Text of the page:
A technological innovation also helped the development of music formats. From the early days, a radio station's signal was transmitted through amplitude modulation (AM). In simple terms, this process involves the transmission of radio information by the manipulation of the height of the electromagnetic waves. While this method served (and continues to serve) the industry well, it was not technically suited for the transmission of high-fidelity music. In 1933, Edwin Armstrong publicly demonstrated frequency modulation (FM), a mode of delivery that manipulated the distance between the electromagnetic waves. The technical differences resulted in a transmission system that had two key advantages over the existing AM method: an amazing reduction in static and the ability to reproduce high-quality music.
The advantage of FM was obvious, but the method was not adopted right away. FM broadcasting required a completely new system from transmitter to receiver. This meant that radio station owners would have to invest in expensive new equipment and that the public would have to replace their radios with new models. In the late 1930s, the radio industry was extremely strong, so major industry players, including RCA's Sarnoff, saw no reason to make this technological switch. In addition, RCA was investing at that time in a another developing technology: television.
It was not until the early 1960s that FM stereo broadcasting began to grow. The combination of excellent music reproduction and the proliferation of music formats helped with the expansion. FM received another boost when the Federal Communications Commission (FCC) passed the nonduplication rule. This regulation mandated that AM/FM combination stations must offer separate programming at least half the time. Original programming expanded on the FM stations, and by the late 1970s, listenership of FM stations exceeded that of AM stations. Music formats continue to flourish on FM progress into more even targeted genres (e.g., alternative, adult alternative, rock, active rock, adult contemporary, hot adult contemporary). However, just as the radio industry had adjusted to the introduction of television, AM radio was set to evolve once again.
Talk radio had not attracted much attention in the early 1980s, but in 1988, when it was learned that Speaker of the House Jim Wright was about to push through a congressional pay raise without a vote, Ralph Nader turned to talk radio. He called The Jerry Williams Show in Boston and complained. At the same time, others called numerous talk radio hosts around the country to complain about Wright's action. After broadcasting Wright's fax number over the air, an enormous number of complaints filled his office. Needless to say, Wright's actions were halted, and the nation understood overnight the power of talk radio.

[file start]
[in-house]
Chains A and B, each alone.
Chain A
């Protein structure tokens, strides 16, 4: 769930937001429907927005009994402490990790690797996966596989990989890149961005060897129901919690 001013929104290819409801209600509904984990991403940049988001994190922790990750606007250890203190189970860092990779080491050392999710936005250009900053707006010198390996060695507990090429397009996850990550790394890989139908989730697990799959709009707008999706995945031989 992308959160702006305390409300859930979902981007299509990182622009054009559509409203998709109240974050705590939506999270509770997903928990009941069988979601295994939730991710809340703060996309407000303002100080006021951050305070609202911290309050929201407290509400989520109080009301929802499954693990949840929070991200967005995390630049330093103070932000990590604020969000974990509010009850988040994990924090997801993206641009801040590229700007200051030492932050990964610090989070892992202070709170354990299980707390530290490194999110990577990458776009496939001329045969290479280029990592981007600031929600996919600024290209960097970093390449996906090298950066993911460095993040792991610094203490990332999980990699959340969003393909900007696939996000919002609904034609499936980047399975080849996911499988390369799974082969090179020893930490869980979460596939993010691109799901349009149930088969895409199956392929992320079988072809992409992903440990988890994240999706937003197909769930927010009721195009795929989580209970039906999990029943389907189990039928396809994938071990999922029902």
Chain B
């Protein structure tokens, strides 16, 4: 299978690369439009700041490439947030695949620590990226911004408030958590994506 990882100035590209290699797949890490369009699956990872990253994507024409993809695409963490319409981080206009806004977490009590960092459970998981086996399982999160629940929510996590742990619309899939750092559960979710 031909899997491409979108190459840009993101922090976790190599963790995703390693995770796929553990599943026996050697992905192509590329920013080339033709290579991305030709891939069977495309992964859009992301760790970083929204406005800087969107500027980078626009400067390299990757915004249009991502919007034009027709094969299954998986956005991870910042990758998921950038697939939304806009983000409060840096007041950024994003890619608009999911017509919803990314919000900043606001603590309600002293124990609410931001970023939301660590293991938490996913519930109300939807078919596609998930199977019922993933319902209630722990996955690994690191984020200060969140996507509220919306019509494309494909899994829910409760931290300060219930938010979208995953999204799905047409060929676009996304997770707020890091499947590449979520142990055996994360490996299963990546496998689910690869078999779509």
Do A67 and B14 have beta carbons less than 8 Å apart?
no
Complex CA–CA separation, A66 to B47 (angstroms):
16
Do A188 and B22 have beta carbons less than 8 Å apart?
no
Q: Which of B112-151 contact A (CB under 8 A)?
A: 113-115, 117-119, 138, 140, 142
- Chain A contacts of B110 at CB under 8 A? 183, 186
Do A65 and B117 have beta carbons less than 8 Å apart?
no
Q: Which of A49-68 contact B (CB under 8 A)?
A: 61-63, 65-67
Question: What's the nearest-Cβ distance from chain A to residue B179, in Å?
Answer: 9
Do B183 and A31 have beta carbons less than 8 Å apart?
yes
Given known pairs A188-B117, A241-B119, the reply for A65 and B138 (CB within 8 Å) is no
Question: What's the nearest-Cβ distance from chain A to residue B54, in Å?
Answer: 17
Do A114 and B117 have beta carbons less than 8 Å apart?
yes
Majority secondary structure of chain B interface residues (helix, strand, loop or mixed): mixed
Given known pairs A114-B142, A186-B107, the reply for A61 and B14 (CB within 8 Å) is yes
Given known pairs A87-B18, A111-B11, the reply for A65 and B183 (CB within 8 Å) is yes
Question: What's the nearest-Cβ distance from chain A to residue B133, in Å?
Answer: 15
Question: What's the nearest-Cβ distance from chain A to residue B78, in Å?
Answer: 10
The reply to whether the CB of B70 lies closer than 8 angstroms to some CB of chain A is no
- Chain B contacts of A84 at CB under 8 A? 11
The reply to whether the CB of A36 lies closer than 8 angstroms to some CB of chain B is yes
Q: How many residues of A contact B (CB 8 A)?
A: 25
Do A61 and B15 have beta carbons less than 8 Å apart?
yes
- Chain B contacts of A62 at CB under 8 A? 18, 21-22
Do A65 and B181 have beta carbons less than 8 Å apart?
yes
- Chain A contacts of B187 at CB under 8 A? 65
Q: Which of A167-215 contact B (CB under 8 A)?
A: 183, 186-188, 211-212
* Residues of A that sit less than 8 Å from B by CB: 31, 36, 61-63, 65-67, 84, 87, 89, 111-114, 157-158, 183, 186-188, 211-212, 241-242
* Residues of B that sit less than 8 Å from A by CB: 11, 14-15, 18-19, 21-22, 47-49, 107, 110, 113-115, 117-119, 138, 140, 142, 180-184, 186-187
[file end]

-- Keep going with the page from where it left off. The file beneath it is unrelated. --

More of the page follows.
The years that followed marked a dramatic increase in the number of stations with either an all-talk format or a format that combined news and talk. In the early 1980s, there were only around two hundred stations that used these formats, but by 1994, that number had increased to more than eight hundred. This increase was fueled by the powerful personalities of talk radio. As had happened with the disc jockeys in the 1950s, these talk show hosts have become household names. The list includes such notables as Larry King, Howard Stern, Don Imus, Rush Limbaugh, Laura Schlessinger, and Jim Rome. By 1998, news/talk had become the most listened to format, attracting nearly 17 percent of the radio audience. As the popularity of confrontational talk grew on commercial radio, a similar growth was occurring on noncommercial radio.
The Pubic Broadcasting Act of 1967 created the Corporation for Public Broadcasting. This organization was designed to receive funds from the government and distribute it to public radio and television stations, as well as to television's Public Broadcasting Service (PBS) and National Public Radio (NPR). NPR produces much of its own programming, focusing mainly on national news. Jay Kernis, the creator of NPR's popular show All Things Considered, said that public radio should provide programming that "enriches and gives meaning to the human spirit" (Douglas, 1999, p. 286). The numbers speak volumes about the success of this approach. In 1971, 104 stations carried All Things Considered. By the mid-1990s, more than 520 stations carried the program, with a listener base of around 160 million.